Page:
The CAPUS Project aims to create more efficient and effective systems to improve HIV testing, linkage to and retention in care, and antiretroviral adherence, specifically targeting highest risk minority populations. Georgia was one of eight states to receive funding for the CAPUS Project and partners with CDC, HRSA, SAMHSA, and HHS to complete its objectives. In alignment with national CAPUS objectives and the National HIV/AIDS Strategy, Georgia’s CAPUS Project work plan includes:
- Increasing HIV testing, linkage to, retention in, and re-engagement with care, treatment, and prevention
- Enhancing navigation services
- Using surveillance data and data systems to improve care and prevention
- Addressing social and structural factors directly affecting HIV testing, linkage to, retention in, and re-engagement with care, treatment, and prevention
For more information visit the National CAPUS Demonstration Project website.
Georgia CAPUS Project Components
Metro Atlanta Testing and Linkage Consortium (MATLC)
- MATLC was created in order to provide formal coordination among agencies providing HIV testing services. MATLC uses quarterly meetings, statistical data, and geospatial maps in order to strategize best practices for outreach to target populations, geographic areas served, and timing of testing events or services. The consortium also helps agencies to avoid duplication and gaps in service, as well as inefficient targeting of resources.
- If you would like become a member of MATLC you may do so at the following LINK.
- Funding for community based organizations (CBOs) through RFPs
- Twenty-five percent of the CAPUS funding must go to fund HIV related projects through community based organizations (CBOs). The Georgia CAPUS team worked with an anti-stigma group to develop five scopes of work that organizations would submit RFPs on. The scopes of work are as follows: (a) Intergenerational Peer Support, (b) Stigma within the African American Men who have Sex with Men (AAMSM) Community, (c) Art as a Venue for Sexuality and HIV/AIDS Education, and (d) Family-Centered Adolescent Development Education. Eight contracts have been awarded across the state addressing all the above mentioned scopes of work.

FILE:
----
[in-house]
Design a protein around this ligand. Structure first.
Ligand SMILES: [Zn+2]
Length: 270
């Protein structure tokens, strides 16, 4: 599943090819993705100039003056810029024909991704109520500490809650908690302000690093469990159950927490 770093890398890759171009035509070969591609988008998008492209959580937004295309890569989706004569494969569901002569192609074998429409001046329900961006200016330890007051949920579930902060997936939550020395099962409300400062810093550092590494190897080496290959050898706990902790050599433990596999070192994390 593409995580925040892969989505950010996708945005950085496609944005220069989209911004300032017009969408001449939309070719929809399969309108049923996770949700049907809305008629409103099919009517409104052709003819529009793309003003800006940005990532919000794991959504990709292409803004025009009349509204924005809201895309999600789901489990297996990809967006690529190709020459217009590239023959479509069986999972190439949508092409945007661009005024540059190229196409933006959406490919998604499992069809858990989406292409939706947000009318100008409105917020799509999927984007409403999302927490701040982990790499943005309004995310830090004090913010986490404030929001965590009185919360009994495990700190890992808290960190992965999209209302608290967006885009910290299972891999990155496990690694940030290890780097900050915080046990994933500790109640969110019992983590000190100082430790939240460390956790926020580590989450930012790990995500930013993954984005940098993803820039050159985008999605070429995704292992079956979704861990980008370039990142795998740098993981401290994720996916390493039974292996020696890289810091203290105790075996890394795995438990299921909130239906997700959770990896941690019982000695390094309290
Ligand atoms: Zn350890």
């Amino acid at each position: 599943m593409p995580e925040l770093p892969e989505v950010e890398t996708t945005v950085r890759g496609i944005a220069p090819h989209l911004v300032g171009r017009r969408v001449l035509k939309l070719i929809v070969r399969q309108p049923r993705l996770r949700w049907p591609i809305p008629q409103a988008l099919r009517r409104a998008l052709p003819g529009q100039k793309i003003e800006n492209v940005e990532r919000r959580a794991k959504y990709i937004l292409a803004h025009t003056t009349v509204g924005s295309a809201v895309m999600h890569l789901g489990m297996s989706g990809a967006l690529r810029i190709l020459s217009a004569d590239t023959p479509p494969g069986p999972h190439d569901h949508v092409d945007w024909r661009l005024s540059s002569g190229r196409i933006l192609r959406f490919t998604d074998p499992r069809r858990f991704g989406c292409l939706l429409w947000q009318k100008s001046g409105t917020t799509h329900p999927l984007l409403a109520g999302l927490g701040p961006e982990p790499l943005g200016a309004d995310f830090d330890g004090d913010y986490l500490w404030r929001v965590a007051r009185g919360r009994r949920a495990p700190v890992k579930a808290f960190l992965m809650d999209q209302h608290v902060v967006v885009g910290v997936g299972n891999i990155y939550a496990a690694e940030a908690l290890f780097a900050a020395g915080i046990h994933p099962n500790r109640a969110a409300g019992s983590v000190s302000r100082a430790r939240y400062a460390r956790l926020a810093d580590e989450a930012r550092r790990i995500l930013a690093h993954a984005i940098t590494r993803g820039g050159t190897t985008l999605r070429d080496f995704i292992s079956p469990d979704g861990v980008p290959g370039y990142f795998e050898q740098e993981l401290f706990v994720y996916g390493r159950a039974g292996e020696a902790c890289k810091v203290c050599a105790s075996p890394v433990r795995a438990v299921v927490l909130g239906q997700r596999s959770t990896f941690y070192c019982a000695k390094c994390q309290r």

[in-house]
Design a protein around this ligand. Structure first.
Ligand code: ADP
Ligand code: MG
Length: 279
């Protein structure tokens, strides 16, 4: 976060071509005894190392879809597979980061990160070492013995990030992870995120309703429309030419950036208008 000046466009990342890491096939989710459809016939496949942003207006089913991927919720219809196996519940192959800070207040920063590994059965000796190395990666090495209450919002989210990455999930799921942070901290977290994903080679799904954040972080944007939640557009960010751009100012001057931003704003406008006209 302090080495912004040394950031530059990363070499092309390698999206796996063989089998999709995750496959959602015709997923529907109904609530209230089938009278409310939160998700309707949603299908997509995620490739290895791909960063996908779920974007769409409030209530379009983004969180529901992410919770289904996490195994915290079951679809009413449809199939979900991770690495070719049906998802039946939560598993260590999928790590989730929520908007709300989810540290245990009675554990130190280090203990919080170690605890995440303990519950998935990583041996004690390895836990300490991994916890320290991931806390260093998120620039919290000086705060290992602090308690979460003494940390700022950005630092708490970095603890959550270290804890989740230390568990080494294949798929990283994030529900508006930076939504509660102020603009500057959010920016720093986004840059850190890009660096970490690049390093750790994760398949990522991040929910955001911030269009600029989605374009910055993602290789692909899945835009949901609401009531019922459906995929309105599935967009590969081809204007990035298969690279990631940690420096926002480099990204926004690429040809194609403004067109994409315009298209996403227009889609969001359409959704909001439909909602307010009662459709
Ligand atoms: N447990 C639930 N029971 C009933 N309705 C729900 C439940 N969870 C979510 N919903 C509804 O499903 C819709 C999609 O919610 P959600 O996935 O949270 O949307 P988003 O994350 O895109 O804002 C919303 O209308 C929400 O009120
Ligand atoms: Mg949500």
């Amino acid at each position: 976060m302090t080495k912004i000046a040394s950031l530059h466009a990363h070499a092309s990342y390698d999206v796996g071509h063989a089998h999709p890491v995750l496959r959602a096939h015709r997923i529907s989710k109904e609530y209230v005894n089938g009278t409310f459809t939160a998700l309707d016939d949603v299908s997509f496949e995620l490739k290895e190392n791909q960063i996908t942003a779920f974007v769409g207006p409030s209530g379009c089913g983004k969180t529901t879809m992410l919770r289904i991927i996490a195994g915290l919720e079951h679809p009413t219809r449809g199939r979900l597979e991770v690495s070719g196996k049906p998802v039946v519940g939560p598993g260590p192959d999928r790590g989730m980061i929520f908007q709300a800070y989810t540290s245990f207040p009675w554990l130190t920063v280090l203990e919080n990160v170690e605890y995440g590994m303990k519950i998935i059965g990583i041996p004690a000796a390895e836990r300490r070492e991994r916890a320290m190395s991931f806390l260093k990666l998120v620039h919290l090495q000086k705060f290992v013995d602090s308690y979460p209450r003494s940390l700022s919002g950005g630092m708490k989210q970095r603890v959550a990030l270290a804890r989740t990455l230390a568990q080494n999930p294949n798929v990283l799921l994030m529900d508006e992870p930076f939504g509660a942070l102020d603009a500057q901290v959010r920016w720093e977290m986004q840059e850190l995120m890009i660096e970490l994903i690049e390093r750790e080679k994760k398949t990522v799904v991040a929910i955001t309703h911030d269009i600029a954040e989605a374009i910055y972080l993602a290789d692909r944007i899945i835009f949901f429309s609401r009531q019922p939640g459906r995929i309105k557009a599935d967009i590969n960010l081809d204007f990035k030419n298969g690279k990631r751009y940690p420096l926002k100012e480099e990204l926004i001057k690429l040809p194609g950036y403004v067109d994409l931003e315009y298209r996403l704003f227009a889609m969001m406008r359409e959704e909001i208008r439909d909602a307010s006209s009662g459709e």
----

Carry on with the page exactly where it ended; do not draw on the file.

- Anti-Stigma Group
- The original purpose of the anti-stigma group was to develop the scopes of work for the RFPs. Currently, they are having solution-based conversations on stigma and developing interventions to combat stigma. For example, they are working on a “Safe Space” project to build communities that promote inclusive environments. The project will utilize existing spaces (i.e coffee shops, restaurants) to hold culturally diverse events and trainings.
- MSM Symposium
- The CAPUS project help fund the third annual Men who have Sex with Men (MSM) Symposium sponsored by the Georgia Department of Public Health. The symposium was a two day event in September 2014 that examined the various layers of stigma through presentations, breakout sessions, panel discussions, and a premier of the video Thomas from the DL Chronicles.
- Kaiser Speak Out Campaign
- The CAPUS project gave funds to allow individuals from Georgia to participate in the Kaiser Speak Out Campaign. The campaign allows young individuals affected or infected by HIV to use their own voices to discuss the importance of bringing HIV out of the closet.
- To learn more, access the campaign through the following ways:
Grant in Aid (GIA)
- CAPUS provids funds to health districts across the state to expand testing, linkage, and anti-stigma opportunities. For example, the Coastal Health District is funded to increase testing opportunities in the ER at Memorial University Medical Center in Savannah.
Corrections Testing / Linkage